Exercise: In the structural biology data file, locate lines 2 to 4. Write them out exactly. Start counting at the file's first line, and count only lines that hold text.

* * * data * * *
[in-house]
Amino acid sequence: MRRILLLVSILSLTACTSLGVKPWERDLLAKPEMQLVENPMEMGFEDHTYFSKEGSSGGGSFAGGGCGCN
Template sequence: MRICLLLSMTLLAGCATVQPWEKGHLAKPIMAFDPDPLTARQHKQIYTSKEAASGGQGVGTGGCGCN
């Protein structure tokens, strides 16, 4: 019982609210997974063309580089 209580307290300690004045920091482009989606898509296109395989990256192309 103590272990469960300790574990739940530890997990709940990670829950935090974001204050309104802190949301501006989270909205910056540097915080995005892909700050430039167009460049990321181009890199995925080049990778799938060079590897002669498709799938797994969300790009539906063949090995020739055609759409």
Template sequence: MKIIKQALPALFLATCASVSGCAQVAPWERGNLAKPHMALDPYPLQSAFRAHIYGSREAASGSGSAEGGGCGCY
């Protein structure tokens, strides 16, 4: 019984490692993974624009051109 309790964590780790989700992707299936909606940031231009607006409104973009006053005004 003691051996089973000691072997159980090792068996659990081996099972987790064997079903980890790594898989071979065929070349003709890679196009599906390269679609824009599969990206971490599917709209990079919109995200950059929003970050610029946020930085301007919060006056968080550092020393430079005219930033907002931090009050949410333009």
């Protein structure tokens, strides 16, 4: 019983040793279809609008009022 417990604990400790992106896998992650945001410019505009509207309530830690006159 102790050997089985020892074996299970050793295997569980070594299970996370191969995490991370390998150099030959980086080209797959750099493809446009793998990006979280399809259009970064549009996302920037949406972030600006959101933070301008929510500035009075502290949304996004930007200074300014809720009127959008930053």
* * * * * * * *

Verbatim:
Amino acid sequence: MRRILLLVSILSLTACTSLGVKPWERDLLAKPEMQLVENPMEMGFEDHTYFSKEGSSGGGSFAGGGCGCN
Template sequence: MRICLLLSMTLLAGCATVQPWEKGHLAKPIMAFDPDPLTARQHKQIYTSKEAASGGQGVGTGGCGCN
């Protein structure tokens, strides 16, 4: 019982609210997974063309580089 209580307290300690004045920091482009989606898509296109395989990256192309 103590272990469960300790574990739940530890997990709940990670829950935090974001204050309104802190949301501006989270909205910056540097915080995005892909700050430039167009460049990321181009890199995925080049990778799938060079590897002669498709799938797994969300790009539906063949090995020739055609759409």